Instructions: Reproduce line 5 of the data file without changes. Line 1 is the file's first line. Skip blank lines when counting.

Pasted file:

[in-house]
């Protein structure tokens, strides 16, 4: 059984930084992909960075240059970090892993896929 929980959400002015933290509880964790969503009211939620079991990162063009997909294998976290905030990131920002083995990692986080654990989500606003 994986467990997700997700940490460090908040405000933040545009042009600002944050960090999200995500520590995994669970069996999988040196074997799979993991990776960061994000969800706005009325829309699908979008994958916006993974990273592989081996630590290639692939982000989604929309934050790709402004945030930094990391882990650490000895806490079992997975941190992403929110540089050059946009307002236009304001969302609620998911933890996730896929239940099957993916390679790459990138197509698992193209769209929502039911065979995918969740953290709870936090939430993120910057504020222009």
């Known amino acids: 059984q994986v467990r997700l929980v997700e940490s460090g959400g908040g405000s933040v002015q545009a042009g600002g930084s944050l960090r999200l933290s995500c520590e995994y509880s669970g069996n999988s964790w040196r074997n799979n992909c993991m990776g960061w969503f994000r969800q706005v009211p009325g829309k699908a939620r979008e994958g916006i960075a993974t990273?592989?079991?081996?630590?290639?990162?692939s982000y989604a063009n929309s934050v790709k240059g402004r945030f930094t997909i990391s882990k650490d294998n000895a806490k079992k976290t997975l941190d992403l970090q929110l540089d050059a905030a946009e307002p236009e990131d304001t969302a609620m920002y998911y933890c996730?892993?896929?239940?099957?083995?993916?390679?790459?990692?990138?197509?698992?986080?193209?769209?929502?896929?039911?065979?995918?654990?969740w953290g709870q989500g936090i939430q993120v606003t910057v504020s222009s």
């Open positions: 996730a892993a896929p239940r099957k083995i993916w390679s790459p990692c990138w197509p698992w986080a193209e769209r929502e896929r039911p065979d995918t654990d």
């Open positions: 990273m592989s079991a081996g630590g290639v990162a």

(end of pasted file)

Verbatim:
């Open positions: 990273m592989s079991a081996g630590g290639v990162a």